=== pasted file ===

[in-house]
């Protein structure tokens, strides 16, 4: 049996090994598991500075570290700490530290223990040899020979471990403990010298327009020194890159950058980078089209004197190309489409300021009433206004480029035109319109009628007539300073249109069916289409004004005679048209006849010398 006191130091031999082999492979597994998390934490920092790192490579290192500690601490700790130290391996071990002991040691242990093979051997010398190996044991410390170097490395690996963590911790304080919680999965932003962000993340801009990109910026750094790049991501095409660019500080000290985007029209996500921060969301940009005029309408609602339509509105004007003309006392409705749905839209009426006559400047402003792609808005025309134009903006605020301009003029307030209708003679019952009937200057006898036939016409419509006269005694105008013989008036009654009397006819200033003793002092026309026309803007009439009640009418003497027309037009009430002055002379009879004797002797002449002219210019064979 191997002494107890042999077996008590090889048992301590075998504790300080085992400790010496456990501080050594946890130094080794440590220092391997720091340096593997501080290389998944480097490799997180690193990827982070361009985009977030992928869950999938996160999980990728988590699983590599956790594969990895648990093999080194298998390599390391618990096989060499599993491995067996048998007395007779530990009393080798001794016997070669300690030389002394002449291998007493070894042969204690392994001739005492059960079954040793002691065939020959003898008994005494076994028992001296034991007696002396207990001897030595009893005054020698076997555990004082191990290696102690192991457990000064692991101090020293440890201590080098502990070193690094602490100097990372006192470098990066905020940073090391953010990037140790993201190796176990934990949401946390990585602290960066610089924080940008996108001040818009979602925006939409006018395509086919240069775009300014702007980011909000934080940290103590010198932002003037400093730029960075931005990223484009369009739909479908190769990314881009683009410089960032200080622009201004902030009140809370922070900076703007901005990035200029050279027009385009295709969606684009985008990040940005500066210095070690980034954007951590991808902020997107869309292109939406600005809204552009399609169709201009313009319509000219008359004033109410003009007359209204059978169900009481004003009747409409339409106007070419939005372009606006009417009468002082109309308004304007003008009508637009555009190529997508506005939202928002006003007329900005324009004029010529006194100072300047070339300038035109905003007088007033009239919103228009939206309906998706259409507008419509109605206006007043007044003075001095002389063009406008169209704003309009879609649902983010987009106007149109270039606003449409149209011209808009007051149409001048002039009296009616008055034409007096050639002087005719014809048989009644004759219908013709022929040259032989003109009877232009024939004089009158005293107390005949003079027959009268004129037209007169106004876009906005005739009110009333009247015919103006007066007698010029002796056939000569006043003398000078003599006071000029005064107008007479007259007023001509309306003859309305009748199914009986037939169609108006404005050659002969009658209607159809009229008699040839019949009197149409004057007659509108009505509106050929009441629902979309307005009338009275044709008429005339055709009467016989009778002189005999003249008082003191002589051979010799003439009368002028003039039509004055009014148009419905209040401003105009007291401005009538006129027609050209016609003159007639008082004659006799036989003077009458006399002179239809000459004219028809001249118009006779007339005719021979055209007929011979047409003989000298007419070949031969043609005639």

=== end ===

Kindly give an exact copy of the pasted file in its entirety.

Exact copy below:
[in-house]
């Protein structure tokens, strides 16, 4: 049996090994598991500075570290700490530290223990040899020979471990403990010298327009020194890159950058980078089209004197190309489409300021009433206004480029035109319109009628007539300073249109069916289409004004005679048209006849010398 006191130091031999082999492979597994998390934490920092790192490579290192500690601490700790130290391996071990002991040691242990093979051997010398190996044991410390170097490395690996963590911790304080919680999965932003962000993340801009990109910026750094790049991501095409660019500080000290985007029209996500921060969301940009005029309408609602339509509105004007003309006392409705749905839209009426006559400047402003792609808005025309134009903006605020301009003029307030209708003679019952009937200057006898036939016409419509006269005694105008013989008036009654009397006819200033003793002092026309026309803007009439009640009418003497027309037009009430002055002379009879004797002797002449002219210019064979 191997002494107890042999077996008590090889048992301590075998504790300080085992400790010496456990501080050594946890130094080794440590220092391997720091340096593997501080290389998944480097490799997180690193990827982070361009985009977030992928869950999938996160999980990728988590699983590599956790594969990895648990093999080194298998390599390391618990096989060499599993491995067996048998007395007779530990009393080798001794016997070669300690030389002394002449291998007493070894042969204690392994001739005492059960079954040793002691065939020959003898008994005494076994028992001296034991007696002396207990001897030595009893005054020698076997555990004082191990290696102690192991457990000064692991101090020293440890201590080098502990070193690094602490100097990372006192470098990066905020940073090391953010990037140790993201190796176990934990949401946390990585602290960066610089924080940008996108001040818009979602925006939409006018395509086919240069775009300014702007980011909000934080940290103590010198932002003037400093730029960075931005990223484009369009739909479908190769990314881009683009410089960032200080622009201004902030009140809370922070900076703007901005990035200029050279027009385009295709969606684009985008990040940005500066210095070690980034954007951590991808902020997107869309292109939406600005809204552009399609169709201009313009319509000219008359004033109410003009007359209204059978169900009481004003009747409409339409106007070419939005372009606006009417009468002082109309308004304007003008009508637009555009190529997508506005939202928002006003007329900005324009004029010529006194100072300047070339300038035109905003007088007033009239919103228009939206309906998706259409507008419509109605206006007043007044003075001095002389063009406008169209704003309009879609649902983010987009106007149109270039606003449409149209011209808009007051149409001048002039009296009616008055034409007096050639002087005719014809048989009644004759219908013709022929040259032989003109009877232009024939004089009158005293107390005949003079027959009268004129037209007169106004876009906005005739009110009333009247015919103006007066007698010029002796056939000569006043003398000078003599006071000029005064107008007479007259007023001509309306003859309305009748199914009986037939169609108006404005050659002969009658209607159809009229008699040839019949009197149409004057007659509108009505509106050929009441629902979309307005009338009275044709008429005339055709009467016989009778002189005999003249008082003191002589051979010799003439009368002028003039039509004055009014148009419905209040401003105009007291401005009538006129027609050209016609003159007639008082004659006799036989003077009458006399002179239809000459004219028809001249118009006779007339005719021979055209007929011979047409003989000298007419070949031969043609005639």